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Peak Travel?

Call me a skeptic about the “peak oil” story. Human ingenuity has always found ways to produce more of, find substitutes for, or discover ways to do without a scarce resource when price signals tell us to. But if peak oil is true, doesn’t one good peak deserve another? Why not meet peak oil head on with its dreaded natural enemy: peak travel?
At the risk of oversimplification, American history in the 20th century basically comes down to four “C’s”: communications (phone and TV), computers, cars and contraception. Though a graph showing the impact of the pill on American mating habits might be more interesting, here’s one I pulled together on the colossal growth of driving over the course of the last century:

All this motion may cheer you, since travel is a prerequisite for many, many of the things that make life worth living: work, school, shopping, social life and entertainment, to name but a few. On the other hand, the graph tells a negative story too: with all that driving has come lots of congestion, crashes and CO2.
If the latter problems are your focus, there is hope: take a look at the far right side of the graph. The growth in VMT/person started to tail off in the year 2000, and contrary to everything history has taught us, from 2005 to 2008 VMT/person actually dropped each year. As of 2008, we were driving about the same amount per person that we were in 1998. (2009 numbers aren’t in my data set, but stats from the Federal Highway Administration show the phenomenon continued, with 2009 per capita travel below 2008 levels.)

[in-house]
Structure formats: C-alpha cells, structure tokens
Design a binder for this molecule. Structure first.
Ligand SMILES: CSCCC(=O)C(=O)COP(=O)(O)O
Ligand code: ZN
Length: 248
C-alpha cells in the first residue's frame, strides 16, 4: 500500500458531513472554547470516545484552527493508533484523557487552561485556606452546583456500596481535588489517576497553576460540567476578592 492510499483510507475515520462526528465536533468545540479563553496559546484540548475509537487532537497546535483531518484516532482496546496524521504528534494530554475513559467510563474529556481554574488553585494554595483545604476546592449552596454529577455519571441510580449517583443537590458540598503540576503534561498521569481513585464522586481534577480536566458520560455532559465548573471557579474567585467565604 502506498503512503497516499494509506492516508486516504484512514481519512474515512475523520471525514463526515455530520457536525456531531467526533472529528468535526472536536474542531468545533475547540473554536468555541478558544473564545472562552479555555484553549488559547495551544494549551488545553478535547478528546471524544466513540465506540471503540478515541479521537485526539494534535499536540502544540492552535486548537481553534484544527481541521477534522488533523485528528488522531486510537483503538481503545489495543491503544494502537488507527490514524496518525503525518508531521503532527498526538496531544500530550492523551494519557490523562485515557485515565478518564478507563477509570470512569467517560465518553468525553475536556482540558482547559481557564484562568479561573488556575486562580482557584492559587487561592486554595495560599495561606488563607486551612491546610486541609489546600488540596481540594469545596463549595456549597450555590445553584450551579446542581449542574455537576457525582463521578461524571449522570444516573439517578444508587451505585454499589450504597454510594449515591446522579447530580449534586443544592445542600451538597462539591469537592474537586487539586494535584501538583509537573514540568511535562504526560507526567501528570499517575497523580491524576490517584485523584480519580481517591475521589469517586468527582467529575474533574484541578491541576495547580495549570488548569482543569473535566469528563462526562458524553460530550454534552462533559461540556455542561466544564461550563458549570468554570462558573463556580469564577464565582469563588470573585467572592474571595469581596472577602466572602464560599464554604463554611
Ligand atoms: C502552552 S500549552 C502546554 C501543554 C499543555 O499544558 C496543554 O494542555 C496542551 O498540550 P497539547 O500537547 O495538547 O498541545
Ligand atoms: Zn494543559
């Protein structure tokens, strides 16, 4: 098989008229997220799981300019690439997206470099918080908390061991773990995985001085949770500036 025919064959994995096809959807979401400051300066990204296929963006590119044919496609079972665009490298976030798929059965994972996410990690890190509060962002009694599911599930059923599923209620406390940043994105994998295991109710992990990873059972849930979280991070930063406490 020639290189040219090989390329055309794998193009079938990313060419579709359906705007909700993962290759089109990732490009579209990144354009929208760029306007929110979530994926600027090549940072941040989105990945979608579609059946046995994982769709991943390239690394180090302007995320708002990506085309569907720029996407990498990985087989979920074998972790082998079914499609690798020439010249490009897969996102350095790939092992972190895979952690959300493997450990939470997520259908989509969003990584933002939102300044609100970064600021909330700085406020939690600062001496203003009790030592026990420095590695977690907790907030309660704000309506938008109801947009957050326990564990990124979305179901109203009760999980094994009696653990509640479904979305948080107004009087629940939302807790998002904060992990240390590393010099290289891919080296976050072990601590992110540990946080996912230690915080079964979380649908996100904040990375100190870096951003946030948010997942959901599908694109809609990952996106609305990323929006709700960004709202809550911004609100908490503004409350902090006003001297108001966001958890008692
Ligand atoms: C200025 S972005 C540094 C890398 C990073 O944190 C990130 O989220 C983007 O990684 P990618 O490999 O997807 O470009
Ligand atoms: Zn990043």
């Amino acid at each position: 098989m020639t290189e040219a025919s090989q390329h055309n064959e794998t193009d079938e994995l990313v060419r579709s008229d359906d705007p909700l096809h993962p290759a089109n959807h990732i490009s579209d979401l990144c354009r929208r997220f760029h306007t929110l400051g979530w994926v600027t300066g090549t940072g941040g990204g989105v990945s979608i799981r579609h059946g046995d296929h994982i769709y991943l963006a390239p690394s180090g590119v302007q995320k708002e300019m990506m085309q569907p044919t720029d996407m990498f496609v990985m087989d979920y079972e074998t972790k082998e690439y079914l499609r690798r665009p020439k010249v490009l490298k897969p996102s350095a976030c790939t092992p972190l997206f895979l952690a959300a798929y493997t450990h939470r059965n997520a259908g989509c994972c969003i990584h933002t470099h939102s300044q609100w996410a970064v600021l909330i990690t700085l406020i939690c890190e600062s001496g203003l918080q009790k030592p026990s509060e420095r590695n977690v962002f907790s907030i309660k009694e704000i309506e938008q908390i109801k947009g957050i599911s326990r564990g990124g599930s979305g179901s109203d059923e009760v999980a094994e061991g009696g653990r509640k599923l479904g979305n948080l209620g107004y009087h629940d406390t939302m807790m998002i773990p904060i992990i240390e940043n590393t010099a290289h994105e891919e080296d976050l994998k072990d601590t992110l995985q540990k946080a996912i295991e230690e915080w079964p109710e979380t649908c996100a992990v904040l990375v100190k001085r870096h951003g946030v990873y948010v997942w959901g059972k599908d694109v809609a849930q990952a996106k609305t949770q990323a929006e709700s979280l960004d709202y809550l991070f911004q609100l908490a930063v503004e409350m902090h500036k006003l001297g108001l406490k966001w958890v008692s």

Does the stagnation in car travel in the 2000s represent a statistical quirk, or evidence that a century of automania is coming to an end?
A pair of papers-one from Robert Puentes and Adie Tomer of the Brookings Institution, and one from researchers Adam Millard-Ball and Lee Schipper of Stanford University-have come out on this phenomenon. With their help, what can we speculate about the causes for and durability of the mysterious phenomenon of peak travel? More next time.
(HT: Brad Morris and Melinda Burns of Miller-McCune)